Metal roofs are often thought to be the best option for keeping a house warm, but this is not necessarily the case. While any dark-colored material, including asphalt shingles, ceramic shingles, wood, etc., will absorb heat at approximately the same rate, metal roofs have a low thermal mass, which means they reflect light and heat instead of absorbing them like asphalt shingles. This helps keep your home cooler during the summer months, increasing your home's energy efficiency. The outside of the metal roof itself will cool much faster (once the sun sets) than the current roof.
This is an important factor to consider when deciding whether or not to install a metal roof. We have designed, developed and tested three more products - Heavy Shake, Ironwood Shake and IronStone Slate - and we hope to be able to offer more metal cover options in the future. What most contributes to heat reaching the lower room is the type of construction between the ceiling and the occupied space below. Most metal roofs will be a few degrees hotter than the competition during the day and a few degrees colder at night.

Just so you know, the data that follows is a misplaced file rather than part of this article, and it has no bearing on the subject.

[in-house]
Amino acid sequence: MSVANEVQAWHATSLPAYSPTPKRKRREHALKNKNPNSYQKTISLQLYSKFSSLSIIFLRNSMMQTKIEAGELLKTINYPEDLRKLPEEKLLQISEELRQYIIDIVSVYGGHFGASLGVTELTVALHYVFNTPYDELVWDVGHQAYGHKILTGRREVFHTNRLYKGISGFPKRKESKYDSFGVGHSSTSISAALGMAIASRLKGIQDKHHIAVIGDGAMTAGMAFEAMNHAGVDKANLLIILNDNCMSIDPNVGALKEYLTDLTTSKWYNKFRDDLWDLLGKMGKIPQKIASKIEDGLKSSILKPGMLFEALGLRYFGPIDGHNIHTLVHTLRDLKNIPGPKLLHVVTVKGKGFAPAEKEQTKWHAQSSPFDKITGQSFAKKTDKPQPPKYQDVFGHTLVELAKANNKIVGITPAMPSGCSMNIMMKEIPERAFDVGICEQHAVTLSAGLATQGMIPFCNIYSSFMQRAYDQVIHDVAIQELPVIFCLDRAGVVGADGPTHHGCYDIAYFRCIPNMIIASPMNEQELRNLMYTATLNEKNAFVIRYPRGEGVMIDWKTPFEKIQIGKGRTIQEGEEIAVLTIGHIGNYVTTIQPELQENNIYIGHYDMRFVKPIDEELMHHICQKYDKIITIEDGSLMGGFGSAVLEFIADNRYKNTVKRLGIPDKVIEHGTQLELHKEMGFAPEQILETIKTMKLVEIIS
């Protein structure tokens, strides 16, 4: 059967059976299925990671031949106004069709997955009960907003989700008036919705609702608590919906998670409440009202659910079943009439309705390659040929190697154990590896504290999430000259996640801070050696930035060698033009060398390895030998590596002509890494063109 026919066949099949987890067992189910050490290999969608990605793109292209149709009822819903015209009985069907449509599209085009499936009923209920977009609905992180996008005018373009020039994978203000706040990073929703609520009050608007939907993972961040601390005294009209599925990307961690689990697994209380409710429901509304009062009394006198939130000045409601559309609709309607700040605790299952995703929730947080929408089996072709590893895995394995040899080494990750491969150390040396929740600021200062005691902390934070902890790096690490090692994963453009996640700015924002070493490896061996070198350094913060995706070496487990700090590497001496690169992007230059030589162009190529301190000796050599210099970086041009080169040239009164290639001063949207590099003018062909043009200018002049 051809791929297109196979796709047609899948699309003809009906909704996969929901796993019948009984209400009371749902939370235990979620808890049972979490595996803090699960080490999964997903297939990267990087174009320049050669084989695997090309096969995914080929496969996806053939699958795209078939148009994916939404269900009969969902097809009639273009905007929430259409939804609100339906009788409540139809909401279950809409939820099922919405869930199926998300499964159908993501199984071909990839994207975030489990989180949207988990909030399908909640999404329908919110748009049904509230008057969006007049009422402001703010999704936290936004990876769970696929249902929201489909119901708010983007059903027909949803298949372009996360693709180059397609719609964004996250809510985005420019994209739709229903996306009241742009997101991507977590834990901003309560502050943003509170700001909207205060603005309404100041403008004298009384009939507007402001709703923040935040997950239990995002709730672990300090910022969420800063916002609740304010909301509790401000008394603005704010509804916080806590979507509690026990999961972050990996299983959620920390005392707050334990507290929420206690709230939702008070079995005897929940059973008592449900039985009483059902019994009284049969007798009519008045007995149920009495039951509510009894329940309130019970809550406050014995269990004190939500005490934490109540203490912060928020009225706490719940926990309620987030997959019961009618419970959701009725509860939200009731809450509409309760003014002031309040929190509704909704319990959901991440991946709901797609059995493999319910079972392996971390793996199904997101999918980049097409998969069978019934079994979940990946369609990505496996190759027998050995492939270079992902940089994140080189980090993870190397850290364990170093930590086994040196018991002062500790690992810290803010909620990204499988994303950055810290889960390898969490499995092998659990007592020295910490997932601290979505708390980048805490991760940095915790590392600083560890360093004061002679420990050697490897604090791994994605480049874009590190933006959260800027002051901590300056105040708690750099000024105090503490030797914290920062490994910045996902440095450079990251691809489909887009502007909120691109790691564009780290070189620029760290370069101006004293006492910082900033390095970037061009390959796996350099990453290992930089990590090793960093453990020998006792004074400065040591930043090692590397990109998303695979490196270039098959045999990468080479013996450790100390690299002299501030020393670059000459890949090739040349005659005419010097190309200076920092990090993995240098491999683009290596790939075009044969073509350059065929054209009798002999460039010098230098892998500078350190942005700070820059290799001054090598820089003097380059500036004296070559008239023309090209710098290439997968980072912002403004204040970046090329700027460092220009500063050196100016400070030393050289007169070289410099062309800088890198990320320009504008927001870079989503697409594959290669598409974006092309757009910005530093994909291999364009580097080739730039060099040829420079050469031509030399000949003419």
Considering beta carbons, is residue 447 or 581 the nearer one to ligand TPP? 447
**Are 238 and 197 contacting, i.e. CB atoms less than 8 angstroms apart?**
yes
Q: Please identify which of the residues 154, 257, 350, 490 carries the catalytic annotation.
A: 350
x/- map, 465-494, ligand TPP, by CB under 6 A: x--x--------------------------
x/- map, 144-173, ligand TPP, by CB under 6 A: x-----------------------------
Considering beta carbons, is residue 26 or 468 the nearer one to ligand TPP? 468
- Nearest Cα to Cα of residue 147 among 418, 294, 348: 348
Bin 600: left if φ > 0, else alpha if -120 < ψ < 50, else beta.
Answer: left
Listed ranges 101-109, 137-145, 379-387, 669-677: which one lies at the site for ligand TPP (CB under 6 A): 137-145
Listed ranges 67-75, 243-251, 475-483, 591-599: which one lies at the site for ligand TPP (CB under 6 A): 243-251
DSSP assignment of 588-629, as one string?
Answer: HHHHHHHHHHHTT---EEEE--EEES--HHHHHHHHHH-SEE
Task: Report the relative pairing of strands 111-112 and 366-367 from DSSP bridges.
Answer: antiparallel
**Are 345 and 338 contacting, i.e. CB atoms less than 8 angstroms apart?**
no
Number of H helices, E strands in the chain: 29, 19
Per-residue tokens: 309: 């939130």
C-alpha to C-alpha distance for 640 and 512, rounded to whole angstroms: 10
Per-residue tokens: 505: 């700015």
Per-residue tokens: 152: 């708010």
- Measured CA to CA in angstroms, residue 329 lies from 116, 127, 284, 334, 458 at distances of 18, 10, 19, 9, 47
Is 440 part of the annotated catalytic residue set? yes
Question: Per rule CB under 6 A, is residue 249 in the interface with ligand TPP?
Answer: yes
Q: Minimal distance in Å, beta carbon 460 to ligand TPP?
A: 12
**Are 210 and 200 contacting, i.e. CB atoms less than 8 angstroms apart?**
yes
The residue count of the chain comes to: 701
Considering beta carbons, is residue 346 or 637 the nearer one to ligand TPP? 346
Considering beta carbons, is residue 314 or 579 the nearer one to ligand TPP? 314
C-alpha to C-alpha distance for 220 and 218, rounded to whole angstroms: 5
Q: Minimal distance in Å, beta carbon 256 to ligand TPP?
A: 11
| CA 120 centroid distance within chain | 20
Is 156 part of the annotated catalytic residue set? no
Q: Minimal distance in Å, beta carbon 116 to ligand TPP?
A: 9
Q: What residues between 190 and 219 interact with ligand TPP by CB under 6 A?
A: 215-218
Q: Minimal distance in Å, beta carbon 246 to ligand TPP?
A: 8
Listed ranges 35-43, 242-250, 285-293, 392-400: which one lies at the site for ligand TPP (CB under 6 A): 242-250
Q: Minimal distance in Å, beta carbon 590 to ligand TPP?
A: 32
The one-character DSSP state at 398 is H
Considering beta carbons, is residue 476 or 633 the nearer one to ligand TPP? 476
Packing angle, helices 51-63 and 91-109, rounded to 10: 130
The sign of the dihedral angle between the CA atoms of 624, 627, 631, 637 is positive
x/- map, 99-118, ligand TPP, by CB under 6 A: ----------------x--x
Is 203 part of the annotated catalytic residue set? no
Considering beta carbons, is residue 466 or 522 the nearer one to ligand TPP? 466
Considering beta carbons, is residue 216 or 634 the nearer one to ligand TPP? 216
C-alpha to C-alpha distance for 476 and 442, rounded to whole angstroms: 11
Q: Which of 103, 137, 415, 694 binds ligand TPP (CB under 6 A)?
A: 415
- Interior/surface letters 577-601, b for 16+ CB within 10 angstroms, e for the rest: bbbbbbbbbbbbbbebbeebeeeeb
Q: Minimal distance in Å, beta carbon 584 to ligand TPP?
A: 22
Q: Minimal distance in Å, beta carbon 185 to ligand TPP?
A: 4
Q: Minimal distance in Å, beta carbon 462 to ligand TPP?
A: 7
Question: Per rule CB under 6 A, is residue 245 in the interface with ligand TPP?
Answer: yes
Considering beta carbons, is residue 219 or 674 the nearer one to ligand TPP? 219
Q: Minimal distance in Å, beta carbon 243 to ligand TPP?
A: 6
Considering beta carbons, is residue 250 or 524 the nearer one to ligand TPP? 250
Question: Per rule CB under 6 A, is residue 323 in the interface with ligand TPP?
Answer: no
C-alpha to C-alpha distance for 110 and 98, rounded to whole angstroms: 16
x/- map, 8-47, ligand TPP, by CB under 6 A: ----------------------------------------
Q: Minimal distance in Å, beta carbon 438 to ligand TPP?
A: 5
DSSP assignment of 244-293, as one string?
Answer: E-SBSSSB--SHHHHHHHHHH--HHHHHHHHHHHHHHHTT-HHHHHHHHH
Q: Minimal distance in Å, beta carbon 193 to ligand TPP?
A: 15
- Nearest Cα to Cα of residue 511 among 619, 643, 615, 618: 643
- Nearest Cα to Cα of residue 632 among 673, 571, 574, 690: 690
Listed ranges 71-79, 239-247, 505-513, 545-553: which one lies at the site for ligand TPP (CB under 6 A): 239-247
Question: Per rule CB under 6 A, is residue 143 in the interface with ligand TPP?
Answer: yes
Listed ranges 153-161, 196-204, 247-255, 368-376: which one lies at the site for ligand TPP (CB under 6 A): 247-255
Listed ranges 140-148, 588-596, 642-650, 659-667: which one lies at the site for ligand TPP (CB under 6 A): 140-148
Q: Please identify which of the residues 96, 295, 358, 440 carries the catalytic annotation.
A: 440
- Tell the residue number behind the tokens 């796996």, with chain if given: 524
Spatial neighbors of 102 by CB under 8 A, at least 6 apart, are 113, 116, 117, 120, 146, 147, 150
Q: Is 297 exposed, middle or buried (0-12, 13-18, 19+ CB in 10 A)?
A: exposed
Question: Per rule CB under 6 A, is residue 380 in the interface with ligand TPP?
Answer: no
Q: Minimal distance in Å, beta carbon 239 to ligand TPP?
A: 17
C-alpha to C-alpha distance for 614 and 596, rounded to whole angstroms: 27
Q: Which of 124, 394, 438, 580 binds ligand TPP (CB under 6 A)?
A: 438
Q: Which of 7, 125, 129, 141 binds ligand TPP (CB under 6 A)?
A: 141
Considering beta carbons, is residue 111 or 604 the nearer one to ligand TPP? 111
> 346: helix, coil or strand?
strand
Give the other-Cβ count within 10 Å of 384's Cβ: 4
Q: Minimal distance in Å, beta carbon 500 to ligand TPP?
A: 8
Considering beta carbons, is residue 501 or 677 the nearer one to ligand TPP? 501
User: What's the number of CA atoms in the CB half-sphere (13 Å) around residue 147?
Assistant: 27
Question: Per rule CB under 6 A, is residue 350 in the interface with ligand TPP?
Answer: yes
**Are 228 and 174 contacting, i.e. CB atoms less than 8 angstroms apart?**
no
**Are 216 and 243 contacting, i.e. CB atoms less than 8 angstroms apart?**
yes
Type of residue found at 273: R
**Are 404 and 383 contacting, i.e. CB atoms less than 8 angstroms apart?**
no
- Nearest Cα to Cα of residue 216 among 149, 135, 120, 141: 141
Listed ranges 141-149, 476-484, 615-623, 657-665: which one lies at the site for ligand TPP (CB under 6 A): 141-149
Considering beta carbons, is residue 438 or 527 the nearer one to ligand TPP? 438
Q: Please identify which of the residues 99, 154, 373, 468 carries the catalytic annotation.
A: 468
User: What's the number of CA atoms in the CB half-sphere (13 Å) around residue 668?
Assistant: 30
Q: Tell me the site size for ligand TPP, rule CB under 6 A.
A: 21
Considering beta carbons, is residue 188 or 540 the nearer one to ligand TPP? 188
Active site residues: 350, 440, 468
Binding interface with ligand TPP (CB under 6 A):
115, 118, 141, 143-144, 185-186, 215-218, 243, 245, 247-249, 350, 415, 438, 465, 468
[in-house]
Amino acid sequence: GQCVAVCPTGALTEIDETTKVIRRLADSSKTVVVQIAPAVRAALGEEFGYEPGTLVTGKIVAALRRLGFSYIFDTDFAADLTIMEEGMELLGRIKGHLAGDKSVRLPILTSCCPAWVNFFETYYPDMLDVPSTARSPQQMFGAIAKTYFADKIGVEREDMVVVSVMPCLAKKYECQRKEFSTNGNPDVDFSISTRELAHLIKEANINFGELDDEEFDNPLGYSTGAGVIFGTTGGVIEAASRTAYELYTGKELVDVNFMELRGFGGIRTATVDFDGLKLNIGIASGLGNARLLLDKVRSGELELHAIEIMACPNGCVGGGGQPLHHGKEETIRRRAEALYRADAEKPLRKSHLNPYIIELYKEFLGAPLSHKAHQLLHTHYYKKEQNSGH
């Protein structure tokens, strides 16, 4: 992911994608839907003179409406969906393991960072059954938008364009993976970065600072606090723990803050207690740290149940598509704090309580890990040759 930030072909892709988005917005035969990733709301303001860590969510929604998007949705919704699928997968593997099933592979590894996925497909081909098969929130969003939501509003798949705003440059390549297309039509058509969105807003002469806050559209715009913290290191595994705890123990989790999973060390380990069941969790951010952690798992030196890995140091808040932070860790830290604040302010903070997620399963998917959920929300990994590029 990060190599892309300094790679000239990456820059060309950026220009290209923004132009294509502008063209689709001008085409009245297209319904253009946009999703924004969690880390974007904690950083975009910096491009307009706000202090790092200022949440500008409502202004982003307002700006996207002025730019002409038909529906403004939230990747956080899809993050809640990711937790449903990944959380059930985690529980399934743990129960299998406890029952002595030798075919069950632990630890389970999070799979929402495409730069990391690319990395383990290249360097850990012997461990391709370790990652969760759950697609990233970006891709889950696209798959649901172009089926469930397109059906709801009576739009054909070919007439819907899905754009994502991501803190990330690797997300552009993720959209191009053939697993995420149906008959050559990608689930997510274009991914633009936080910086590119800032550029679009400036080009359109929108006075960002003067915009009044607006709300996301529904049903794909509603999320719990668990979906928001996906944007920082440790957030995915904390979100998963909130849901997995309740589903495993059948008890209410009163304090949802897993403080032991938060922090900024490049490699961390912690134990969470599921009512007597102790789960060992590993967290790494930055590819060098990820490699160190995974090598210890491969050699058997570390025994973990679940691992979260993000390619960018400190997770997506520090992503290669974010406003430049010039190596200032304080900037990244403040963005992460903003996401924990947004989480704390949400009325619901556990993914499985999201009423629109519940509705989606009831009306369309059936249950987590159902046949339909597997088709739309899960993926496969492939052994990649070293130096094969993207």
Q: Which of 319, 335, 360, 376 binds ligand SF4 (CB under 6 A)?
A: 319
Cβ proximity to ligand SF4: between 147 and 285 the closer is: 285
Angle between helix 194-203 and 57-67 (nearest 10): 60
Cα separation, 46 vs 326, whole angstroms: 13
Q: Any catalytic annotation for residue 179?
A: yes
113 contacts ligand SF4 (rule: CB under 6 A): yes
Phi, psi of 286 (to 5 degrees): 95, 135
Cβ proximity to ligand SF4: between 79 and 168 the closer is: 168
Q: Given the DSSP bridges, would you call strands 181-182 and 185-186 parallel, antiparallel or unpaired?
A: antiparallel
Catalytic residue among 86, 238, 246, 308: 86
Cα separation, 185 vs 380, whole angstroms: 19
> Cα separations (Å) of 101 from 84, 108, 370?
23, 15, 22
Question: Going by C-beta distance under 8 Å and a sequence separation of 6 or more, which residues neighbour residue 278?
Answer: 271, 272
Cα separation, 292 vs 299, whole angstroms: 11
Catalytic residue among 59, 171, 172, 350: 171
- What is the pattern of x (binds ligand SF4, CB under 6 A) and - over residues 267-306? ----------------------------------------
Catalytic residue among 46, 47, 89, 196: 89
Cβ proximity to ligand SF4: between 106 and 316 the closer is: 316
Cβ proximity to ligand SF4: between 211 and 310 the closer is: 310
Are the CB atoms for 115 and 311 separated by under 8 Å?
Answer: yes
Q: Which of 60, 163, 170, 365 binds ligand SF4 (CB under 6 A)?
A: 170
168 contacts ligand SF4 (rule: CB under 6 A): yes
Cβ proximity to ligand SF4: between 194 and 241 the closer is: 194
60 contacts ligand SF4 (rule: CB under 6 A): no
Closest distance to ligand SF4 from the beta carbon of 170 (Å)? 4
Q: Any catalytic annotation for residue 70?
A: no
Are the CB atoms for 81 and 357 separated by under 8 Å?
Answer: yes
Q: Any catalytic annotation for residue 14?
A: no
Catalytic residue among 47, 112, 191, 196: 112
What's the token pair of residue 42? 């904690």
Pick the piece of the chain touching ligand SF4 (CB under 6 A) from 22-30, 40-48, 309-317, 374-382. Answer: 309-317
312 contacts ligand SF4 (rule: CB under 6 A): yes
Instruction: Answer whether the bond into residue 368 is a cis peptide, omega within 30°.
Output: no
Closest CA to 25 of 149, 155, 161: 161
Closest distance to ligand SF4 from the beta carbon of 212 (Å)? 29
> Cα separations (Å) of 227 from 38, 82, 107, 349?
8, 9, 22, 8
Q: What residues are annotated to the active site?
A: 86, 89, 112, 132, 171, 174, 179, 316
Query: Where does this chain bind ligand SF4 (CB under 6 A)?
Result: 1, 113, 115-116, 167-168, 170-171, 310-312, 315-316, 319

According to a study conducted by the U. S. Department of Energy, in the U. S., the surface of a metal roof will remain within five degrees of the average of an asphalt shingle roof, even during the coldest climates. The color and material of the roof will certainly affect the amount of heat accumulated by the ceiling.
Dark colors will absorb more heat than light colors, regardless of whether your roof is built with asphalt shingles, natural stone, or metal panels. Metal exposed directly to the sun will certainly heat up, but whether it heats up more or less than other roofing materials has to do with color and finish. Just as various finishes influence the heat absorption of metal surfaces, so does the color of the metal. When natural disasters affect your home, you'll want a metal roof there to protect it from the worst damage. Metal roofs are a great option for homeowners looking to improve their home's energy efficiency. In conclusion, metal roofs are not necessarily better at keeping homes warm than other materials.
However, they do have some advantages that make them an attractive option for homeowners looking to improve their home's energy efficiency. They have a low thermal mass which helps keep homes cooler during summer months and they are also very durable and can withstand natural disasters better than other materials.